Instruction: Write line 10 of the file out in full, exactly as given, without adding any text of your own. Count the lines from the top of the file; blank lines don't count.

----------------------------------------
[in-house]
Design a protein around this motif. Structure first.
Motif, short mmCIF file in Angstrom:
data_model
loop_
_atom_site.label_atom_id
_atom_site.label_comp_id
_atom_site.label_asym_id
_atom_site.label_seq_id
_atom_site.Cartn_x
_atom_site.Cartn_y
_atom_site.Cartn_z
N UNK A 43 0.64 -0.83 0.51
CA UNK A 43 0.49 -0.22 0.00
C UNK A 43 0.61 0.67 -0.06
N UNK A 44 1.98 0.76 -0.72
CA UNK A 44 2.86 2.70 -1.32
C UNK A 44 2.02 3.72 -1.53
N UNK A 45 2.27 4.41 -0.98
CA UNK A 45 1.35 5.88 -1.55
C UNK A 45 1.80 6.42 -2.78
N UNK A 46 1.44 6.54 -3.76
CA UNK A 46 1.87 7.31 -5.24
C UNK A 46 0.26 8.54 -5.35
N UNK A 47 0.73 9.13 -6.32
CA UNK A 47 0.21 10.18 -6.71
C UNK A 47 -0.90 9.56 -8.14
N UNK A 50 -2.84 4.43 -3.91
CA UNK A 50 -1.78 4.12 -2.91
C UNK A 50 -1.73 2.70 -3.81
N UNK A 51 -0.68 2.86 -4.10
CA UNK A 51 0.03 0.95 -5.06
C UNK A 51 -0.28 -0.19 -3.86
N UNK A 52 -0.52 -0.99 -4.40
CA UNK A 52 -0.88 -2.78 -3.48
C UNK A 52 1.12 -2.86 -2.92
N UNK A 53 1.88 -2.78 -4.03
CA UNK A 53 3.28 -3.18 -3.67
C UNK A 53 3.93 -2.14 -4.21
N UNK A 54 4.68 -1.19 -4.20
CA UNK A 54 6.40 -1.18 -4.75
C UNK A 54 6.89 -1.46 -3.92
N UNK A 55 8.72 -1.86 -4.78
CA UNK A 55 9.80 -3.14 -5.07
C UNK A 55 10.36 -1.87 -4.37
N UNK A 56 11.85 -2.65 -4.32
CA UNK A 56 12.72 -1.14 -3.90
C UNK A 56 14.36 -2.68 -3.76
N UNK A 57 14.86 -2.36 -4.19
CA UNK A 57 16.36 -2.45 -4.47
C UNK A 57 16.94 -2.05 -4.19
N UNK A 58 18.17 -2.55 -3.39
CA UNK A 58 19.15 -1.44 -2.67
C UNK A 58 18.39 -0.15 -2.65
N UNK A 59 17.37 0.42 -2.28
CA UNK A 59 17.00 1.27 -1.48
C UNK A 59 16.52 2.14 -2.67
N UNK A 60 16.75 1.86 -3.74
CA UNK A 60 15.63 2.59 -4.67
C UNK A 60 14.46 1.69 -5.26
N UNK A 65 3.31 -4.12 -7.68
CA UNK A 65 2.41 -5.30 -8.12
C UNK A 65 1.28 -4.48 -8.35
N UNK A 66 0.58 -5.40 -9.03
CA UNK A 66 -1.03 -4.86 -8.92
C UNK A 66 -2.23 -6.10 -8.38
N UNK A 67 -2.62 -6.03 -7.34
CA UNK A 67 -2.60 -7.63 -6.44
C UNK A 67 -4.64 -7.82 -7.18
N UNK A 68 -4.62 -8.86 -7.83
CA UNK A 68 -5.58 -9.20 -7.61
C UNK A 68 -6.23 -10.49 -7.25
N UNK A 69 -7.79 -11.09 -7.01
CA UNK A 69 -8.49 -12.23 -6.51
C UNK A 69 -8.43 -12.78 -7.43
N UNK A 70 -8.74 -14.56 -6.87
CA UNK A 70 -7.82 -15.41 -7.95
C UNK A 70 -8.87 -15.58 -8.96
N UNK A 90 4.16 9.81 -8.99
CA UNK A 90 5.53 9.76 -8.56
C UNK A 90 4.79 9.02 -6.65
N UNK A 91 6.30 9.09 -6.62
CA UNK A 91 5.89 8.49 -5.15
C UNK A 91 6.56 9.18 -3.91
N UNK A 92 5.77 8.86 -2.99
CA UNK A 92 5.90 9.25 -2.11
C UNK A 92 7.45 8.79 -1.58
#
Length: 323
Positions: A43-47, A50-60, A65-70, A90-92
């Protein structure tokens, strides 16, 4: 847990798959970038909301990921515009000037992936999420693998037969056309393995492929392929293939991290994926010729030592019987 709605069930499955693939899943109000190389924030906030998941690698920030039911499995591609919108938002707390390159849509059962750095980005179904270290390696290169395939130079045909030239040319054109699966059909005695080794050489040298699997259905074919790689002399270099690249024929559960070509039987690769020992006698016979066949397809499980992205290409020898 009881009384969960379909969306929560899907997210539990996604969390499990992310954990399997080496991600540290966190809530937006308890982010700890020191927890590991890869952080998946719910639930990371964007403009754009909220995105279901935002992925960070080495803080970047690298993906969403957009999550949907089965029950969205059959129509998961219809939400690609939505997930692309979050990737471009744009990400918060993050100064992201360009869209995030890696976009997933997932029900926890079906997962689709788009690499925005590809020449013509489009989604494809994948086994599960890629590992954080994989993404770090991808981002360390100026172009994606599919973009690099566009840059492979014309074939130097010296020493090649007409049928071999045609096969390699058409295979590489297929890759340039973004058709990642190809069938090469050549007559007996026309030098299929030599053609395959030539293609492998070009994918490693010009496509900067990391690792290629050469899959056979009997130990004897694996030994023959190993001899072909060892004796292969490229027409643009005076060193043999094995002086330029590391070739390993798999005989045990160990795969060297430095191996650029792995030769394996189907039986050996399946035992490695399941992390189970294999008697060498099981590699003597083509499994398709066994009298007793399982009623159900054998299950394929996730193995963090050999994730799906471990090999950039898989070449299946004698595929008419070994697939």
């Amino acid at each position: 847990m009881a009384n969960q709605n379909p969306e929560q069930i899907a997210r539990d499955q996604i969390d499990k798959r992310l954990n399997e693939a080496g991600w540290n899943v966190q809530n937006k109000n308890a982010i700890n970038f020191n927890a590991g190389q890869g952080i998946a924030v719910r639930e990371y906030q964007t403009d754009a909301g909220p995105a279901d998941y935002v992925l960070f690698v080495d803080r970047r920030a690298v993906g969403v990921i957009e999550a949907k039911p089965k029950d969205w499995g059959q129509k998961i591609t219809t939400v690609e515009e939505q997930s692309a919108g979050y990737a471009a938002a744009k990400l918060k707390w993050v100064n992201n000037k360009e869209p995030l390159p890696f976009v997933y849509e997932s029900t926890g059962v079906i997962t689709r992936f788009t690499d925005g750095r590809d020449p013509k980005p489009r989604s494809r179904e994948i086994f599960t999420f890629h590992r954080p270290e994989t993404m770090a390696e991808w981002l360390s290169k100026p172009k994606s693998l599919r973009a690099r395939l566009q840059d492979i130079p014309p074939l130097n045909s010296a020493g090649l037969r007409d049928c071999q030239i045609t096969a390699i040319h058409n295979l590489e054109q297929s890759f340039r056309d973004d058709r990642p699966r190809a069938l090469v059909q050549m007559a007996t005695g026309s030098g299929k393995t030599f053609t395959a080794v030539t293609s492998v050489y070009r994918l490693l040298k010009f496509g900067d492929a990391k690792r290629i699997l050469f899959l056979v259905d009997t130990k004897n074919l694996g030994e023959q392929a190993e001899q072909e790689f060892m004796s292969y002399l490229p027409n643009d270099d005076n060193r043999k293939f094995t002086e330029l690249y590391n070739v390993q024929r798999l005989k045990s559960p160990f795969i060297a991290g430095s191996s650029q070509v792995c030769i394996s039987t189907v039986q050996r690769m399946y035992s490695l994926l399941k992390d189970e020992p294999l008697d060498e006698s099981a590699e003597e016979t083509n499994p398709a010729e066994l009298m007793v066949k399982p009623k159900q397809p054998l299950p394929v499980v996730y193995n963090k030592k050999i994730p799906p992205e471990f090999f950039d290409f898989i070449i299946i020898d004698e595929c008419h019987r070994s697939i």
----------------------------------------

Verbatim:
_atom_site.Cartn_x